Intramolecular covalent bonds strength order

The factors affecting intramolecular covalent bonds strength are: bond order, size of the atom, & polarity. My question is whether there is one factor more significant than the other, and if so, do we need to know it for the imat?
for example: O2 has a double bond(sigma &pi), but no polarity. HF has only one bond(sigma) but is polar & both atoms in it are smaller than Oxygen. So, which bond is harder to break? is there a regularity?

Your question is an excellent one and delves deep into the world of chemical bonding for the IMAT exam, it shows that you understood the concept of intramolecular forces.

The strength of a covalent bond, and thus the energy required to break it, depends on several factors, including bond order, atom size, and polarity.

  1. Bond Order: Higher bond order generally means a stronger bond. For example, a triple bond is stronger than a double bond, which in turn is stronger than a single bond. This is due to the increased electron density between the bonded atoms, which leads to a stronger electrostatic attraction.
  2. Atom Size: As a general rule, smaller atoms form stronger covalent bonds due to their smaller size, which allows the electron clouds of the atoms to be closer together, strengthening the bond.
  3. Polarity: Polarity itself does not directly affect the strength of a single covalent bond. However, in a molecule, polar bonds can lead to intermolecular forces like hydrogen bonding, which can affect the physical properties of the substance, including boiling and melting points.

Now, to address your specific question about the O2 vs. HF bond. The bond dissociation energy (the energy required to break a bond) of an O2 molecule (double bond, nonpolar) is approximately 495 kJ/mol​1​. On the other hand, the bond dissociation energy of an HF molecule (single bond, polar) is about 562 kJ/mol​2​. Even though O2 has a double bond and HF has a single bond, the bond in HF is harder to break. This discrepancy arises mainly because of the high electronegativity of fluorine, resulting in a highly polar bond, and the small size of both H and F atoms, which allows them to form a very strong bond.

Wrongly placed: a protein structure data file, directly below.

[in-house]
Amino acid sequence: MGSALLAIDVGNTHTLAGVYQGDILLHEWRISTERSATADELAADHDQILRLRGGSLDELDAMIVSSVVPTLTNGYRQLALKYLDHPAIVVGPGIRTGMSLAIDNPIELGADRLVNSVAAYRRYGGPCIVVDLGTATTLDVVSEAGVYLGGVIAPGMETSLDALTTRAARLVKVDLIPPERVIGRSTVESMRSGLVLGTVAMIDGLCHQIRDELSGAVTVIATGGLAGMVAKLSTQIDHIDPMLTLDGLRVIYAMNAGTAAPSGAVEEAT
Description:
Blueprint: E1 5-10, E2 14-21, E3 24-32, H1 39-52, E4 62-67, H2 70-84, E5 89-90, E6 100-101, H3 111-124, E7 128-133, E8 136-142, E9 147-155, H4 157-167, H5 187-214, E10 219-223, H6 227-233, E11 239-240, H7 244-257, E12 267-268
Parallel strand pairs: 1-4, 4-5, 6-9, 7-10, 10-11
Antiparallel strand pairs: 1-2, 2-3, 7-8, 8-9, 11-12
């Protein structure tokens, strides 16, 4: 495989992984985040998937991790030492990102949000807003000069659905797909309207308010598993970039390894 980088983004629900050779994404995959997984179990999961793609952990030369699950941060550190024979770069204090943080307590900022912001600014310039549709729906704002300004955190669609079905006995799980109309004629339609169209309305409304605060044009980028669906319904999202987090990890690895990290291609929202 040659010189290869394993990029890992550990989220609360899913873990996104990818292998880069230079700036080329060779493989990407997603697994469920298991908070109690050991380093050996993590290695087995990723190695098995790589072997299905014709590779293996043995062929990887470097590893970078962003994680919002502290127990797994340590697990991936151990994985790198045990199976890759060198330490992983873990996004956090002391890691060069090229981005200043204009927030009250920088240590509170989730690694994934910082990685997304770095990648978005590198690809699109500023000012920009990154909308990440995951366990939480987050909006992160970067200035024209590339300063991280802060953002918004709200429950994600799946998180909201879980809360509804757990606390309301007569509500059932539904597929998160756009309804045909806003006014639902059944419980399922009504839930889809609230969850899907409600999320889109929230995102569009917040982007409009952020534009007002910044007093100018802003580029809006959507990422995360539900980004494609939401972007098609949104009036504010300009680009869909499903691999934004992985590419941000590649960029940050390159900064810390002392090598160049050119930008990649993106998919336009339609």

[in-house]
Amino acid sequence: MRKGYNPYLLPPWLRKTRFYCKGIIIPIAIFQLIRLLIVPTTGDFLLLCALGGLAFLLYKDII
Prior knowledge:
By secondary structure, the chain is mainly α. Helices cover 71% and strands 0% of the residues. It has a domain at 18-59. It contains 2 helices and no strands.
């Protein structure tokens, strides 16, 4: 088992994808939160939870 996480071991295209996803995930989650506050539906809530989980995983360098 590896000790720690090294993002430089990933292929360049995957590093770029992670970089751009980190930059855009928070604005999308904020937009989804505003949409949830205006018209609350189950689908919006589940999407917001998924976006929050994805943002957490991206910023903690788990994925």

Keep in mind, though, that the bond enthalpies are often average values, especially when a molecule has multiple identical bonds. For example, in a methane (CH4) molecule, even though there are four identical C-H bonds, the energy to break each of them is not the same because the environment changes when each hydrogen atom is removed. In such cases, the bond enthalpy quoted is an average value​3​.

All these factors contribute to the complexity of predicting bond strength. It’s not as straightforward as saying one factor is always more significant than the other; it’s more accurate to say that these factors interact in complex ways to determine the overall bond strength.

During our next 2-3 classes, we’ll delve into this topic in more detail, exploring how these factors interplay to affect the strength of covalent bonds.

Thank you! I thought that the polarity has an affect on a specific individual molecule, because the electronegativity differences pulls the more positive atom towards the more negative one, bringing them closer together. is it not true?

Electronegativity places a rule as the charge of the atoms (now slightly negative or positive) attract each other, as one of them will have “less” electrons and the other more electrons, so they are slightly polar and attract each other.
Usually, on the exam, they will ask you questions about the bond length, which directly results from things such as the bond’s size and strength.

OK, but isn’t it true to state that polarity in covalent bonds shortens the bond, and thus making is stronger?(in a specific individual molecule). Before you wrote that polarity itself does not directly affect the strength of a single covalent bond, and I’m not sure why.

It’s not directly, the polarity is the result of the electronegativity difference, so it’s more correct to say that it’s the electronegativity difference causing the bond to be shorter and stronger. Hope it makes sense!

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